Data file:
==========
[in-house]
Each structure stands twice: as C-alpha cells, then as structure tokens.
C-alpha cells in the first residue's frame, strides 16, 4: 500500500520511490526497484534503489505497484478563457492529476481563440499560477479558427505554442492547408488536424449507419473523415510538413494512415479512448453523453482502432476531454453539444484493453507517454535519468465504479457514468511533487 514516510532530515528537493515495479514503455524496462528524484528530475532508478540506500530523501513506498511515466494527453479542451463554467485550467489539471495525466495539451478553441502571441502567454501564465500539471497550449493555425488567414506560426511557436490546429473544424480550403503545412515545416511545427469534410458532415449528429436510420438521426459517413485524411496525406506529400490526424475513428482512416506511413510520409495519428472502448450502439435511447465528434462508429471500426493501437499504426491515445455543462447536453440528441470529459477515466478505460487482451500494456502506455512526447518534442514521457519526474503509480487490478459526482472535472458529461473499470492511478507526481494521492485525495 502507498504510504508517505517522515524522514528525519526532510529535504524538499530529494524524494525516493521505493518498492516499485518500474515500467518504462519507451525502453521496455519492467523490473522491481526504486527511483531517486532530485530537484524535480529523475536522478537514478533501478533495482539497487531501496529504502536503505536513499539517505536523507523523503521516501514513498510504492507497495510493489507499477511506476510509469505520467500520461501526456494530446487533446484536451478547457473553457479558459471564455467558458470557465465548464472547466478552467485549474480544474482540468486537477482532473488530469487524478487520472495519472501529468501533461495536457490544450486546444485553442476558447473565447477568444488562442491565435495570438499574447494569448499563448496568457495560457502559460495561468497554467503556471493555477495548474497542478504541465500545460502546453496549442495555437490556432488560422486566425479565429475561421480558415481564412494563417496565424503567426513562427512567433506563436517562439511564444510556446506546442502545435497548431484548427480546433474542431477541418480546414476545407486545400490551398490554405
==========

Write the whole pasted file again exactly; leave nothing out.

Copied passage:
[in-house]
Each structure stands twice: as C-alpha cells, then as structure tokens.
C-alpha cells in the first residue's frame, strides 16, 4: 500500500520511490526497484534503489505497484478563457492529476481563440499560477479558427505554442492547408488536424449507419473523415510538413494512415479512448453523453482502432476531454453539444484493453507517454535519468465504479457514468511533487 514516510532530515528537493515495479514503455524496462528524484528530475532508478540506500530523501513506498511515466494527453479542451463554467485550467489539471495525466495539451478553441502571441502567454501564465500539471497550449493555425488567414506560426511557436490546429473544424480550403503545412515545416511545427469534410458532415449528429436510420438521426459517413485524411496525406506529400490526424475513428482512416506511413510520409495519428472502448450502439435511447465528434462508429471500426493501437499504426491515445455543462447536453440528441470529459477515466478505460487482451500494456502506455512526447518534442514521457519526474503509480487490478459526482472535472458529461473499470492511478507526481494521492485525495 502507498504510504508517505517522515524522514528525519526532510529535504524538499530529494524524494525516493521505493518498492516499485518500474515500467518504462519507451525502453521496455519492467523490473522491481526504486527511483531517486532530485530537484524535480529523475536522478537514478533501478533495482539497487531501496529504502536503505536513499539517505536523507523523503521516501514513498510504492507497495510493489507499477511506476510509469505520467500520461501526456494530446487533446484536451478547457473553457479558459471564455467558458470557465465548464472547466478552467485549474480544474482540468486537477482532473488530469487524478487520472495519472501529468501533461495536457490544450486546444485553442476558447473565447477568444488562442491565435495570438499574447494569448499563448496568457495560457502559460495561468497554467503556471493555477495548474497542478504541465500545460502546453496549442495555437490556432488560422486566425479565429475561421480558415481564412494563417496565424503567426513562427512567433506563436517562439511564444510556446506546442502545435497548431484548427480546433474542431477541418480546414476545407486545400490551398490554405